Another Meysan Lakes Trail Tale, Part One of Two: What Brought us to the Meysan Lakes Trail

This tale leads up to our Maysen Lakes adventure, if you are only interested in the latter, feel free to skip ahead to part two.

What Brought us to the Meysan Lakes Trail

We do not watch network or cable television, but this does not mean we do not partake of visual entertainment. Instead, we watch movies and shows on Netflix and videos along our interest lines on Youtube. One of our interests is traversing the great outdoors through running (me only), cycling, hiking, and driving mountain roads.

So we watch a lot of Youtube videos of trail-riding and hiking, particularly thru hikers on any one of the trails making up what is known as the ‘Triple Crown’; the Pacific Crest Trail, the Appalachian Trail, and the Continental Divide Trail. While we have considered the possibility of thru-hiking the Pacific Crest Trail, our positions as longshoremen do not allow for that amount of time off, plus I have reached the conclusion through some soul searching that a thru-hike is not a situation in which I want to put myself.

One of the spectacular views from the trail to Eagle Rock
My victory V in front of Eagle Rock

As it happens, we live a few miles from the southern terminus of the Pacific Crest Trail and have the ability to drive to various points for day hikes or even camp for several days, to facilitate greater exploration. In 2017. we began a tradition for my birthday of going on a memorable hike. We hiked to Eagle Rock, which is a short section of the Pacific Crest Trail, about 6 miles, which leads to a feature of a grouping of granite rocks which appear to be in the shape of an eagle with his wings slightly expanded. 

We needed a new destination. We did some camping at Southern California mountain destinations, including Wrightwood, Kennedy Meadows, and a night on the side of the road at Whitney Portal because we rolled in late on a Saturday night to find no available camp sites. These locations exposed us to altitudes much greater than just above sea level where we live and we hiked around these areas to gain some experience at elevation. Still, we did not discuss it much and when we did, nothing came of it. September came around, so we began to think about our trip and look for the break in our work schedule. We talked about Devil’s Postpile and some other hikes in Yosemite. Ultimately, I decided I wanted to stay at the campground at Whitney Portal and find a day hike in that area.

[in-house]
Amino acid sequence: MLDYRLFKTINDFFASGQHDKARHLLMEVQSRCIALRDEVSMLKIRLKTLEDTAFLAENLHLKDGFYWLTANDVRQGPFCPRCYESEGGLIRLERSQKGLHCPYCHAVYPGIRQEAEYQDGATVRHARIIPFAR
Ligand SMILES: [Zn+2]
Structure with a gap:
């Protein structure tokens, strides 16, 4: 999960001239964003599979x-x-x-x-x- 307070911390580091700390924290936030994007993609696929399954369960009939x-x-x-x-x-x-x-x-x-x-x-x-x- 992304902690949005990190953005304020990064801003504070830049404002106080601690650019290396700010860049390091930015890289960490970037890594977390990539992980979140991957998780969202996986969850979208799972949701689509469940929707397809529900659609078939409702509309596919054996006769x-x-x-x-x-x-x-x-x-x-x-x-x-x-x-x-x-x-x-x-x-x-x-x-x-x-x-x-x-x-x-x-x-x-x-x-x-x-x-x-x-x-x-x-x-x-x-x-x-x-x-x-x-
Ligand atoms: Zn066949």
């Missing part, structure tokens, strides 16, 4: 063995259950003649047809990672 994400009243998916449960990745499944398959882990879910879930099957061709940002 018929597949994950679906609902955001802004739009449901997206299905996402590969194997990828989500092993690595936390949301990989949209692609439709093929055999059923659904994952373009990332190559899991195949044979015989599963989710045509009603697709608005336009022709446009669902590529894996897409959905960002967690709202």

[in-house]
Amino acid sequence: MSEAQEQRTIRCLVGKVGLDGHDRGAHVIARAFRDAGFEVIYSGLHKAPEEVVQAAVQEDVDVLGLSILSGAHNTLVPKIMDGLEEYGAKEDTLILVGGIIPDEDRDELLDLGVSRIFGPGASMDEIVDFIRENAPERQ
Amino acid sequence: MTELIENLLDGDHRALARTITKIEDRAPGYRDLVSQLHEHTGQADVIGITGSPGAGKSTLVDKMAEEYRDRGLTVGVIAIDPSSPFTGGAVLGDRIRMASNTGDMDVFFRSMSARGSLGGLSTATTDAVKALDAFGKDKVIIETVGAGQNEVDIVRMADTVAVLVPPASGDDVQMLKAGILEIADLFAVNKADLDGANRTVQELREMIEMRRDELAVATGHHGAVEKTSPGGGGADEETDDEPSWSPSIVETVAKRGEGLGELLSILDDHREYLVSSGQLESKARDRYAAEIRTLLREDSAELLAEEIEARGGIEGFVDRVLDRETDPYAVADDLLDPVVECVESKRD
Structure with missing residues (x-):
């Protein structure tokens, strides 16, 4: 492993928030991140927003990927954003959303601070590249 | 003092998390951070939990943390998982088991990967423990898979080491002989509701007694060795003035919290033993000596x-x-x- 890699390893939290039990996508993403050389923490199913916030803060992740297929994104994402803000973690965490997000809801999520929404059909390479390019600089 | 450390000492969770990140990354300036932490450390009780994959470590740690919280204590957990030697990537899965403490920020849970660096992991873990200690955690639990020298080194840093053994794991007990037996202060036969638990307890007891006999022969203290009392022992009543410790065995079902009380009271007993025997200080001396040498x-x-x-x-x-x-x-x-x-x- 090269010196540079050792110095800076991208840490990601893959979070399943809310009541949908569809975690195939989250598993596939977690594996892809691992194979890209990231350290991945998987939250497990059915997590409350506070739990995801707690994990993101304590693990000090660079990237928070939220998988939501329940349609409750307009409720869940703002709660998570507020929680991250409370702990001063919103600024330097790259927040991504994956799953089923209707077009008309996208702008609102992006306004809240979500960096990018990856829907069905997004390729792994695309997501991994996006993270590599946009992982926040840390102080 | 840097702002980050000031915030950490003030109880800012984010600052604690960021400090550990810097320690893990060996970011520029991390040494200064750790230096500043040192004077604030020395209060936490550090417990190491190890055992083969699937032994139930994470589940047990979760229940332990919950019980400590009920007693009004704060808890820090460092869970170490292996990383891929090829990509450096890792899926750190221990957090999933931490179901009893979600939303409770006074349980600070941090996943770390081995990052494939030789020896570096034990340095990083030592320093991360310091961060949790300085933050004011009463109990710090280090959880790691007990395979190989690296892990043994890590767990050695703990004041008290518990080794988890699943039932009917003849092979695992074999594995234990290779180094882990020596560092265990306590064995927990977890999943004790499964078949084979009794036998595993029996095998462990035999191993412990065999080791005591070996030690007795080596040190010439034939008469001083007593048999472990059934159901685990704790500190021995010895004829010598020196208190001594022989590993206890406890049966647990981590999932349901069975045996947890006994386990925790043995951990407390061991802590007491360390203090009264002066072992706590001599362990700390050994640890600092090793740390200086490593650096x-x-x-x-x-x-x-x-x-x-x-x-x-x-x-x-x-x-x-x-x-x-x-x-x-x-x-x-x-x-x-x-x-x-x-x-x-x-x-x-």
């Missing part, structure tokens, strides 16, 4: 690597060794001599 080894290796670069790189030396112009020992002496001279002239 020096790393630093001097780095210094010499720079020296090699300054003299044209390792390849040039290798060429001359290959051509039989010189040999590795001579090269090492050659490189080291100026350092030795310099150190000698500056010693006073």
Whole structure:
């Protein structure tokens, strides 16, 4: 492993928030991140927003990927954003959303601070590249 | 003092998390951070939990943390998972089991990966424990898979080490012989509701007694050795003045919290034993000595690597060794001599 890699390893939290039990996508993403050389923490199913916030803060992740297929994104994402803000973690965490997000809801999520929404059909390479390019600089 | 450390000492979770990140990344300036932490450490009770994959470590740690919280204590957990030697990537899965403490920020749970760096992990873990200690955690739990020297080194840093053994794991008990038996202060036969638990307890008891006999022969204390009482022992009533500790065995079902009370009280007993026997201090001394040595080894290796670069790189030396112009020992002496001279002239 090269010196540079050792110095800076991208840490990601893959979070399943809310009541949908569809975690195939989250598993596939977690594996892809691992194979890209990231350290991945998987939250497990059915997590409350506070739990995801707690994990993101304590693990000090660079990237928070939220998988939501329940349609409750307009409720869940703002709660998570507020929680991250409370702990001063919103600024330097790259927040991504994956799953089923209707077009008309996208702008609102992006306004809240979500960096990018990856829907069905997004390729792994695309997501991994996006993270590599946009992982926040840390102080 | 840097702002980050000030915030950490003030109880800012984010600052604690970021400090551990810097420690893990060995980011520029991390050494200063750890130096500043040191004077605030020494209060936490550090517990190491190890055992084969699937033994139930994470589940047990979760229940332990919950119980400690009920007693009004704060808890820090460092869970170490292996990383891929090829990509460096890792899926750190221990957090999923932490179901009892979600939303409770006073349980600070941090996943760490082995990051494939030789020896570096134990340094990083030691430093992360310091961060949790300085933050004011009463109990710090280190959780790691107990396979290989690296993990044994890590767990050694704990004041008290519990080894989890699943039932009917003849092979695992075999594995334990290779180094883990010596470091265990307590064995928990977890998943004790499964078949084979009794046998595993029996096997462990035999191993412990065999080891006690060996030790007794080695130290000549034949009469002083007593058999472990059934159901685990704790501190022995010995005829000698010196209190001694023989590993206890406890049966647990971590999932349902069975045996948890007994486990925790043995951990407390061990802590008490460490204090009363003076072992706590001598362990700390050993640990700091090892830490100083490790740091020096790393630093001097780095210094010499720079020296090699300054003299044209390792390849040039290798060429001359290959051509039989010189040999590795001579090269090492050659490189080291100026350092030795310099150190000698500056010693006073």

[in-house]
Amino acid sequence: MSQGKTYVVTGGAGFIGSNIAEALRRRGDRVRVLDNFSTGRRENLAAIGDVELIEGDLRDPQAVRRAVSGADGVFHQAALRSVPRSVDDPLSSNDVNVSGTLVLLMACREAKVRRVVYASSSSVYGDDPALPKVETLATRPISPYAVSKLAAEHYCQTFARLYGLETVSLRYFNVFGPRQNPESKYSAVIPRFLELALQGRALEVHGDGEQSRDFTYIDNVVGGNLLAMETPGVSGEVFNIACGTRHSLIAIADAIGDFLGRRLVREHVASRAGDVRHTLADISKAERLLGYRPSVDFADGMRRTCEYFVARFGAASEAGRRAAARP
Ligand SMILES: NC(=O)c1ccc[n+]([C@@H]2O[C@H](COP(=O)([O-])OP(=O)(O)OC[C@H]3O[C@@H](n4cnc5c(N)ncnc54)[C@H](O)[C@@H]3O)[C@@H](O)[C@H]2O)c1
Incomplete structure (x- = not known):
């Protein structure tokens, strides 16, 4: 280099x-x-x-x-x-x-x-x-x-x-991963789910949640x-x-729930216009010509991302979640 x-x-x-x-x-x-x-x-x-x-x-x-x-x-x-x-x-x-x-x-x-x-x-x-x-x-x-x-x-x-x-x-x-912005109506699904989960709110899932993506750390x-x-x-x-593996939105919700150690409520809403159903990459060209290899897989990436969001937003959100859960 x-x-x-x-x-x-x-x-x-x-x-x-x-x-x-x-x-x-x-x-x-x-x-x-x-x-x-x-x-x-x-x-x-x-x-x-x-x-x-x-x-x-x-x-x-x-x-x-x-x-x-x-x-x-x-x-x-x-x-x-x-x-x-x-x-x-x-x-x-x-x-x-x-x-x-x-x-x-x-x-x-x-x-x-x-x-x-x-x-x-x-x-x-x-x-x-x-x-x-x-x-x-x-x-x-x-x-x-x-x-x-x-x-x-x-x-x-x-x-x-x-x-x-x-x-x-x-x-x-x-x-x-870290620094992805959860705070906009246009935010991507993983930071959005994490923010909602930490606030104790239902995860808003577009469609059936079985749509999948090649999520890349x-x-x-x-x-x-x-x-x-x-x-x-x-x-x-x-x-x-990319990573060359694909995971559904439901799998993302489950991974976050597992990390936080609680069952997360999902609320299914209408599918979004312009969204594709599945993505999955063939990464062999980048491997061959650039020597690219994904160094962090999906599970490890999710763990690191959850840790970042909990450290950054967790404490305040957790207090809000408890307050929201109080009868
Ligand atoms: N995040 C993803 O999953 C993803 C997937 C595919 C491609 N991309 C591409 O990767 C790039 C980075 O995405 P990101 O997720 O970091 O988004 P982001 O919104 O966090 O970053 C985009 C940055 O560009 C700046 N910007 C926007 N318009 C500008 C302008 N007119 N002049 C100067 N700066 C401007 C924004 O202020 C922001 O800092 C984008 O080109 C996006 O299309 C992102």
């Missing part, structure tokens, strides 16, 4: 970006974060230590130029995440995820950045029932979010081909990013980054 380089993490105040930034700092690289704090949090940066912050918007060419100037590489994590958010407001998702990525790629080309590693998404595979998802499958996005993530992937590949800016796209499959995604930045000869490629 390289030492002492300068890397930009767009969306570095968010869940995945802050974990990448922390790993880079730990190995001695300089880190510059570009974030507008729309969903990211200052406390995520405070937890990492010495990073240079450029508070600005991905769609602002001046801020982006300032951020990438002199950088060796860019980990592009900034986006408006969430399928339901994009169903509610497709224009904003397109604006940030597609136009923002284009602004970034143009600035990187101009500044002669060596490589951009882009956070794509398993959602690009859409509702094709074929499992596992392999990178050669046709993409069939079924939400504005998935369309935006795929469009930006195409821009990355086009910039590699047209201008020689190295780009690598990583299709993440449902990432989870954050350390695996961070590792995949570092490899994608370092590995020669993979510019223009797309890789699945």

Site 116 on the Zuni loop at Table Mountain campground.

We had a late start and pitched for the night in a favorite, familiar camping spot; Wrightwood, CA next to Sky High disc golf course. We have stayed there multiple times on disc golfing trips or to drive the Angeles Crest Highway. None of our usual favorite campsites were available and this one had no proper trees for hammock hanging, so we pitched the tent for the night, It was late, not to mention windy and chilly, so we were very ready to snuggle down for the night.

In the morning, we packed up all but the essentials, then took our time drinking coffee and having breakfast, after which we wandered around the campground taking pictures. We continued on to the Whitney Portal and beyond to the Whitney Portal campground, arriving about a quarter to five.

James near the bear box

It was nice to reach camp and set up relatively early, have a meal and be settled by a fire relatively early. We did all of that and still took the time to explore some of the campground, as there was plenty to see! Impossibly tall trees surrounded us and the tall mountain ridge surrounded those, plus a river ran through the campground, separating the sites that would be back to back. It was a beautiful feature, which added ambient noise and good separation from other campers, in a campground with sites that are more packed together.

A view of the small river under the foot bridge
The view entering Whitney Portal campground and from our site.

On the way in, I had noticed a sign reading “Meysan Lakes Trail” and exclaimed that I recognized the name as one that many PCT thru-hikers we watched talked about taking a side trip to day hike it. I suggested investigating it as a possibility for our own hike. I did not know anything about it other than the name. After morning rituals, we trekked down to some bulletin boards with information about the trail and hiking it. Upon reading it, we determined that permits were needed to move forward. We decided to hang around camp awhile longer and think about our next move.

To be continued…

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